Even if you are just cheering or sharing your inspirational quotes and thoughts, it is just as important as any role in the race. How? Because without the energy supplied by the crowd, the runners are without an encouraging atmosphere to help them push to the last mile. Regardless of your role, anyone is welcome to create their own digital running shoe footprint with a personal image and message of choice at www.chicagomarathon.com/footprint. It's quick and easy so anyone can participate. With each submitted tread, Bank of America will donate $1 to one of 22 charities that you may select during the creation of your footprint. You can support the American Red Cross of Greater Chicago with just one click of your mouse! The support from these small donations will go a long way and greatly assist in helping those in need. When you are done, you may even view your completed digital image on the event site’s home page. On the day of the race, the fundraising's final outcome will be announced and Bank of America will award an additional $10,000 to the charity with the most submissions.
Just because you are not running the Chicago Marathon, doesn't mean you can't help change lives. By making a personal footprint you can support runners and the Red Cross, as well as partake in one of the greatest and most inspirational events where people travel from all over, to reach their goals at the finish line. The 26.2 miles takes thousands of steps, but if you just take this one, it will go much farther. By donating your personal footprint, you can show that every step counts for something great.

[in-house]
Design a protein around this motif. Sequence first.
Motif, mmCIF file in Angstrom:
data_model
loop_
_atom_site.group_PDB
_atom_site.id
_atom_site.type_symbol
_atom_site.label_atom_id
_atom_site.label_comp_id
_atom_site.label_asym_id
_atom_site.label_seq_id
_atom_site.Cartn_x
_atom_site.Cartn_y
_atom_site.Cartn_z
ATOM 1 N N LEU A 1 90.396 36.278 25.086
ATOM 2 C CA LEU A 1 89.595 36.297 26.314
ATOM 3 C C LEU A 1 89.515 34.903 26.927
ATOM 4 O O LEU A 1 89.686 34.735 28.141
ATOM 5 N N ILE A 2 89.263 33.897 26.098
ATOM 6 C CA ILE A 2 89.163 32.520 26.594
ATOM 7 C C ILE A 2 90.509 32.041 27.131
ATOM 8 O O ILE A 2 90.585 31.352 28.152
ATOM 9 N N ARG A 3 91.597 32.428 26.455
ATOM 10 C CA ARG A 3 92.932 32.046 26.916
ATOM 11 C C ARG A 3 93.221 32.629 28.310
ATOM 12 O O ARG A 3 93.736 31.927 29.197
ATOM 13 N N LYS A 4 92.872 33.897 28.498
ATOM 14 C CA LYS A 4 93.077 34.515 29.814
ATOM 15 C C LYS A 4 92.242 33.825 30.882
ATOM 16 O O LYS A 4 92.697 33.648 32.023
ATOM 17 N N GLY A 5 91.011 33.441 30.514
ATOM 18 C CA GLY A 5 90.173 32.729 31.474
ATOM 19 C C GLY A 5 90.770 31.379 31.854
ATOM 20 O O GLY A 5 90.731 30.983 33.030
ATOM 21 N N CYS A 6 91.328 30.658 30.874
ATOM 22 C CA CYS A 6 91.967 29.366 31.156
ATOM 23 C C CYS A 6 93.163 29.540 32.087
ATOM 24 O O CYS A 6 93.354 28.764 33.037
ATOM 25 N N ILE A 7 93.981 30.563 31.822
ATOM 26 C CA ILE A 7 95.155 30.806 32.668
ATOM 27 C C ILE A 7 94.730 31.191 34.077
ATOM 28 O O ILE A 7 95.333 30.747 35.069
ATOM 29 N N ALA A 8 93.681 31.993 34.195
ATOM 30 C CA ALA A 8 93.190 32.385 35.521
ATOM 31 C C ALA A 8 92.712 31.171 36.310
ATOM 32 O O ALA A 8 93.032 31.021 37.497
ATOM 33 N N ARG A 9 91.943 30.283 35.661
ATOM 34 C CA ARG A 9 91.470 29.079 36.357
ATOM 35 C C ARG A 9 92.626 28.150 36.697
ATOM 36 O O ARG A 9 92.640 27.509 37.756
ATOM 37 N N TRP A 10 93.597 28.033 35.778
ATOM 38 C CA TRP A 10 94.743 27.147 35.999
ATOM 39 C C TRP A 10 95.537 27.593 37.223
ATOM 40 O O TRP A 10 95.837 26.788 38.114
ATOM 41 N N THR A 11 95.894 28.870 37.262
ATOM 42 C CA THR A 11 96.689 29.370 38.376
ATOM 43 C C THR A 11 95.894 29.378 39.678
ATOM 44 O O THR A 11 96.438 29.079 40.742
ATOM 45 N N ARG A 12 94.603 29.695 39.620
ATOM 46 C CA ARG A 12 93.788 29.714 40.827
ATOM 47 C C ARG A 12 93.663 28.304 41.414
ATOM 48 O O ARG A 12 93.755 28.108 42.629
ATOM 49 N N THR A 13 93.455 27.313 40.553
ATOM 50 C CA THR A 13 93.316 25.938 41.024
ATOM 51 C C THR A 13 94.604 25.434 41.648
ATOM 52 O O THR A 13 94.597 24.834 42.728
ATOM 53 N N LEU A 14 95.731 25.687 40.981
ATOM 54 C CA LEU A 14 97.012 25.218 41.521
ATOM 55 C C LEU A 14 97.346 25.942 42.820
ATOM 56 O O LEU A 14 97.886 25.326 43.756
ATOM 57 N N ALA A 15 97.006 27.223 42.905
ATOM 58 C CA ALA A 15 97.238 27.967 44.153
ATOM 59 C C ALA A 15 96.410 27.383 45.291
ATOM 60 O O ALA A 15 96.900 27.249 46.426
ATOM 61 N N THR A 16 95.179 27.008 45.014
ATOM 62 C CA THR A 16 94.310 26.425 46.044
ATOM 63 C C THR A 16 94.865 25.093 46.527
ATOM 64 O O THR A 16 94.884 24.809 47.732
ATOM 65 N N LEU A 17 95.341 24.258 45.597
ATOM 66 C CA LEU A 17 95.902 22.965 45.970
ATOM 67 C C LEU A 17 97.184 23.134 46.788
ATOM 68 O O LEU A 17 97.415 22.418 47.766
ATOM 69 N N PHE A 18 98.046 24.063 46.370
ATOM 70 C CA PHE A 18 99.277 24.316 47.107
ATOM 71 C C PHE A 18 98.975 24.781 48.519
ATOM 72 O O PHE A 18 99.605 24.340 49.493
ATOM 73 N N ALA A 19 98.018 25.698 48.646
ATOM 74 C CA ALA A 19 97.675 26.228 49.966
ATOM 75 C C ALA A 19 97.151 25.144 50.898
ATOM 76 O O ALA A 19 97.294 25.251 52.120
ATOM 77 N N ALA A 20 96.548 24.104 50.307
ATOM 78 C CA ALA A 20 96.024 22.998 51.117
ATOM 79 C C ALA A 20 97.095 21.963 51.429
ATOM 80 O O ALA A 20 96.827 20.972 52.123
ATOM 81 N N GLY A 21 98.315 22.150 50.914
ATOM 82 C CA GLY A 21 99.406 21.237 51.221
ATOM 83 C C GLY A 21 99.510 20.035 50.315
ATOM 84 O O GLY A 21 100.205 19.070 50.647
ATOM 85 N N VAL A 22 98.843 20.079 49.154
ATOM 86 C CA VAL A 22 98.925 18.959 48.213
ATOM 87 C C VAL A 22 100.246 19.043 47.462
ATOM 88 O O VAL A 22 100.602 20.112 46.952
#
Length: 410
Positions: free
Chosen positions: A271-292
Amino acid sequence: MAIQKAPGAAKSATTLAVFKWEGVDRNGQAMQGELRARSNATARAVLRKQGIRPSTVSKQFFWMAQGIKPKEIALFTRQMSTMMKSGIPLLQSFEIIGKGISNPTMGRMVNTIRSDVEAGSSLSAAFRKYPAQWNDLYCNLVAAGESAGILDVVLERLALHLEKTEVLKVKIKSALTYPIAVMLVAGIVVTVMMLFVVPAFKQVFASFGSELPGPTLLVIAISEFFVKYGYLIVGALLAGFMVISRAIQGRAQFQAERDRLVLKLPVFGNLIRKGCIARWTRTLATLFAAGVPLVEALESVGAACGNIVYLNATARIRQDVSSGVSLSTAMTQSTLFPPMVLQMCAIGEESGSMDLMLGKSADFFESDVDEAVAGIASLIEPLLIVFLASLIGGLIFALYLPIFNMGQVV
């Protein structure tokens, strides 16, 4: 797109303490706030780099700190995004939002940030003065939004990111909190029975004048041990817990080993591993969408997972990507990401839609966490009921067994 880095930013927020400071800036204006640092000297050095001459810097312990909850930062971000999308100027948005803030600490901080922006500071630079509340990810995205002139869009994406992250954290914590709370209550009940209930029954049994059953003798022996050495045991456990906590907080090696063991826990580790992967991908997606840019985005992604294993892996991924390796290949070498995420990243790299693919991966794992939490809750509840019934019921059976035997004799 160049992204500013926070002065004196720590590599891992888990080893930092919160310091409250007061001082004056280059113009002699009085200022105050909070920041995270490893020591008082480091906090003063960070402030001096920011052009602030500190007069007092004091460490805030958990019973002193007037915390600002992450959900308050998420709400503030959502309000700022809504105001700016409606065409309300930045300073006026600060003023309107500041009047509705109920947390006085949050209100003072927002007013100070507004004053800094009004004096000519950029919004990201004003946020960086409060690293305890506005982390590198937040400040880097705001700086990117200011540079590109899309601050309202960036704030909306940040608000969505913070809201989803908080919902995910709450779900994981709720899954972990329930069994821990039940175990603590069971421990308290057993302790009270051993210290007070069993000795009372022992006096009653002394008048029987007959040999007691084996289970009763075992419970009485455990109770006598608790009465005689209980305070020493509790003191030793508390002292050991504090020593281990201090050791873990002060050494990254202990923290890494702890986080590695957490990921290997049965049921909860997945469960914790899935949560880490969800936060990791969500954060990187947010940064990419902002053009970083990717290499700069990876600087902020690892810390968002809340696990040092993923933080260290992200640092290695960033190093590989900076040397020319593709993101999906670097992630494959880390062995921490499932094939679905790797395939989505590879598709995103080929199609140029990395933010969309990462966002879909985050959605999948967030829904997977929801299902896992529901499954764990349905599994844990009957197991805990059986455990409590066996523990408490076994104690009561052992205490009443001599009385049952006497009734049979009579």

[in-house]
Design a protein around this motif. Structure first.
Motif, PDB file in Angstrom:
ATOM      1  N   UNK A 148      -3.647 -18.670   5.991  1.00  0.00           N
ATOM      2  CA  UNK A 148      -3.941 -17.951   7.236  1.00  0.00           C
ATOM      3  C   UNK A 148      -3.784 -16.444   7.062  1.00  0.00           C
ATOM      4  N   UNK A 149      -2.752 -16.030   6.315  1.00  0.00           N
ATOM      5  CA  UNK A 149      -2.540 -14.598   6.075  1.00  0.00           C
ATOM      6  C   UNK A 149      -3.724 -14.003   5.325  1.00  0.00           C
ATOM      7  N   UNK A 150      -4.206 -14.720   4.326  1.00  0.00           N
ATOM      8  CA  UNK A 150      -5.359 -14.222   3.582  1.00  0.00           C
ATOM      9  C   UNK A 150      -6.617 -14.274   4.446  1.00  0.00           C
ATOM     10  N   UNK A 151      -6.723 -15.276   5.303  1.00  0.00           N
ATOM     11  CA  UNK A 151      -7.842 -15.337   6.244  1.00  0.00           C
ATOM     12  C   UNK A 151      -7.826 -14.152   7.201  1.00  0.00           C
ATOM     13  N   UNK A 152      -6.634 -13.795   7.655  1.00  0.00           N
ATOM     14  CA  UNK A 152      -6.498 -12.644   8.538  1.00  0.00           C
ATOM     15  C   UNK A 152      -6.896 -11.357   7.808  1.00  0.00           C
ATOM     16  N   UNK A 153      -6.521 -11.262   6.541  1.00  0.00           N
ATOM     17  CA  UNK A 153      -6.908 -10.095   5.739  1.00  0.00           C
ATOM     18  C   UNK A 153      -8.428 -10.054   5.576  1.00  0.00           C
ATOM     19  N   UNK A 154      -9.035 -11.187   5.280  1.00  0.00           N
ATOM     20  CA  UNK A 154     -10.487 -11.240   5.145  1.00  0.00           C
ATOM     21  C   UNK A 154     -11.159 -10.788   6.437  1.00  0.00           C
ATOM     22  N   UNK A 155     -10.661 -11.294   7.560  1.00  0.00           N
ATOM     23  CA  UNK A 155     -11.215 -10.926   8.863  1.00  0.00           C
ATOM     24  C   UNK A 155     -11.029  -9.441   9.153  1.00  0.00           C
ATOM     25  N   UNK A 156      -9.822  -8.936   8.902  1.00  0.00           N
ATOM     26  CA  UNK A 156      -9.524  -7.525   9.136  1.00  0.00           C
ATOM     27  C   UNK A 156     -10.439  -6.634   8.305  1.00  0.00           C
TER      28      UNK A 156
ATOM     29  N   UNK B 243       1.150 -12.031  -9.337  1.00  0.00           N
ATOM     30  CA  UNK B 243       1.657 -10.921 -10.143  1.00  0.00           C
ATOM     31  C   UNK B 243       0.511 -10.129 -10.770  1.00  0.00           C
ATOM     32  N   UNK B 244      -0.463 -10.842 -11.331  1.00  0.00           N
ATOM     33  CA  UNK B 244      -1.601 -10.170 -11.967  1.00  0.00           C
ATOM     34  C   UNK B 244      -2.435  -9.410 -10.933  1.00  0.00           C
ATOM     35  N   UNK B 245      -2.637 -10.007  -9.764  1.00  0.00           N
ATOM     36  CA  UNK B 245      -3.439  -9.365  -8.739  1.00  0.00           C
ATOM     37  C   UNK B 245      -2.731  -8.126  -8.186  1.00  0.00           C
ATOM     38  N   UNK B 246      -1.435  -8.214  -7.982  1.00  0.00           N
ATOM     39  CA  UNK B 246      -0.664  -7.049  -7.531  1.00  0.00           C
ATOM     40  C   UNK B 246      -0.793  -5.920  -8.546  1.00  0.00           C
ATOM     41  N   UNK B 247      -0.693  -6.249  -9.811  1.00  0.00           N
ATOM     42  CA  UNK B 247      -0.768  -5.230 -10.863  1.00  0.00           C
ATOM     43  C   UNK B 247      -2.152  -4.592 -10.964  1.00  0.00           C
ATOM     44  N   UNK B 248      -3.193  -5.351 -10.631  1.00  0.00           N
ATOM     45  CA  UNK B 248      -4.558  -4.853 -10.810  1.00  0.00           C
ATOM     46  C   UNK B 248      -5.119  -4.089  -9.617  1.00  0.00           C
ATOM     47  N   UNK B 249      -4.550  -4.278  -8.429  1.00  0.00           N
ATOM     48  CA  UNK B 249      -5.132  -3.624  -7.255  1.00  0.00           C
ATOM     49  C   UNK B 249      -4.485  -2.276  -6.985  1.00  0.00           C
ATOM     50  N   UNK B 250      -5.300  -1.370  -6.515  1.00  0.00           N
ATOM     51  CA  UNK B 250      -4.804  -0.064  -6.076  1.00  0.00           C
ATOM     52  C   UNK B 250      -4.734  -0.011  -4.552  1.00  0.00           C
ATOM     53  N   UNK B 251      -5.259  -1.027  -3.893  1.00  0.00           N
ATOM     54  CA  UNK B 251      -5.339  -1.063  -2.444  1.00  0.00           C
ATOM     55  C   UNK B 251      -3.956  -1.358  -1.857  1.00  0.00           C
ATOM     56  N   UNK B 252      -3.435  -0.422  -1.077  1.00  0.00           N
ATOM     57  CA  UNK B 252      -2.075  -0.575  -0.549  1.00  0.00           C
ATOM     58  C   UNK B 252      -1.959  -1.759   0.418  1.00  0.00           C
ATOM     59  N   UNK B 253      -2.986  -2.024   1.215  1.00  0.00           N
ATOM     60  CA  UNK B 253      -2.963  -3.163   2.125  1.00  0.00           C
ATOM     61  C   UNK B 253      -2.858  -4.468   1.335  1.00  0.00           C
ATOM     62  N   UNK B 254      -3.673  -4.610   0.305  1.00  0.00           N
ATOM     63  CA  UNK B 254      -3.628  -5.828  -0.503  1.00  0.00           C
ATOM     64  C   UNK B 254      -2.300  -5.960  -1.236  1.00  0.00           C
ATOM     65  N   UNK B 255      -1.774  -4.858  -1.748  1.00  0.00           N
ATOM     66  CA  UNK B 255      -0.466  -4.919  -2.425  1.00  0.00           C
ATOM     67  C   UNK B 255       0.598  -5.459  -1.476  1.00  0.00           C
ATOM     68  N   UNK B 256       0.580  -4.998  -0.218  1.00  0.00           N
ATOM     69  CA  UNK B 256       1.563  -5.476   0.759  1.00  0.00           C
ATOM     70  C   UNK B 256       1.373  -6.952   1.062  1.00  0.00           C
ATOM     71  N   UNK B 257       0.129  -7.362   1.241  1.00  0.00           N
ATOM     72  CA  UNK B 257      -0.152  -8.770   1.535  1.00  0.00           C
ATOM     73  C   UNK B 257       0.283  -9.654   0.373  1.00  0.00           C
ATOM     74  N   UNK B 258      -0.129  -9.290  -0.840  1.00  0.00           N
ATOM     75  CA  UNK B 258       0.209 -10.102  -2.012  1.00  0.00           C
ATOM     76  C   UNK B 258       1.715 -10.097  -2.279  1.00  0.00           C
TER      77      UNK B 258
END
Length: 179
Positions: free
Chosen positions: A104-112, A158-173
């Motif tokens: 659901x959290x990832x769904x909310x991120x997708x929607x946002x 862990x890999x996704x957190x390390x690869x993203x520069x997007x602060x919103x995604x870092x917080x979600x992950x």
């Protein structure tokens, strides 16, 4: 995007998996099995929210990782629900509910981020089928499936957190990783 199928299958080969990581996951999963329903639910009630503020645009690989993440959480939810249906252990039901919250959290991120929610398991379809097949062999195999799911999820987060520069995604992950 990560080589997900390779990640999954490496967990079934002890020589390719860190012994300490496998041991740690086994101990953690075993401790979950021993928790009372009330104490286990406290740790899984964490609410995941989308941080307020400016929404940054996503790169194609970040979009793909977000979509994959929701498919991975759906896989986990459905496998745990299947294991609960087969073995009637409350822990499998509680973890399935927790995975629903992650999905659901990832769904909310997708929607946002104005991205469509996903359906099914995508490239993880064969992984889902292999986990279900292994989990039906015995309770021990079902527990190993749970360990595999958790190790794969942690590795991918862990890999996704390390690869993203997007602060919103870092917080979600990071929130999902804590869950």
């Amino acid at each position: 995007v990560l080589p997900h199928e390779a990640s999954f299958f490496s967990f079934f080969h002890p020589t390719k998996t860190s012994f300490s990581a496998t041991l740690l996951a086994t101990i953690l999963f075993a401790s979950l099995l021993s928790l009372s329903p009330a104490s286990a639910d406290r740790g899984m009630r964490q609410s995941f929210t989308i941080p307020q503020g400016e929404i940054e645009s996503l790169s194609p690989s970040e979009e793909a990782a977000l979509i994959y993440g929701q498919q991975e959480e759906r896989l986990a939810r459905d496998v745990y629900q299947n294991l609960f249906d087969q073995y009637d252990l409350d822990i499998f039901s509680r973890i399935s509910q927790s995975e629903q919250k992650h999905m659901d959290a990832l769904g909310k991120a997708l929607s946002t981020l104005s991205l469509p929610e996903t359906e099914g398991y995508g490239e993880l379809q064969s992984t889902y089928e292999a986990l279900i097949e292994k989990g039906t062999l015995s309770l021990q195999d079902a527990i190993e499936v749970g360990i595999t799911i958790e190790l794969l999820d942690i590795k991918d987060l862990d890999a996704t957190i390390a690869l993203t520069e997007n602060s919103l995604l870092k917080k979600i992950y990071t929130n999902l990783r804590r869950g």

Wednesday, September 09, 2009
However, during my sophomore year at the University of Arkansas, I moved out of the dorms and into an apartment. My roommates and I were a flagrant example of the worst way to approach potential disasters. We were lucky if there were batteries near the smoke detector, much less actually in it. We had no idea what kind of response we would have if one of those famous Oklahoma twisters made it near our home in Fayetteville.
We dodged a bullet – there were no tornadoes or fires that year. It wasn’t until I began volunteering with the Northwest Arkansas Red Cross that I began to realize the importance of being prepared. And when I moved to Chicago and began interning full-time with the Greater Chicago Chapter, I truly took on a different approach. My smoke and carbon monoxide detectors’ batteries are checked at least once a month. I know how I’ll get out of my apartment if there’s a fire. I have the beginnings of a disaster kit. And I have renters’ insurance.
There is still more I can do to work toward being prepared for disasters. For example, I need to exchange emergency contact information with my roommates so we can contact each other and our families if we must. Also, I haven’t yet figured out how I’m going to get out of the city quickly if I need to (I have no car and the nearest family member is in Glenview).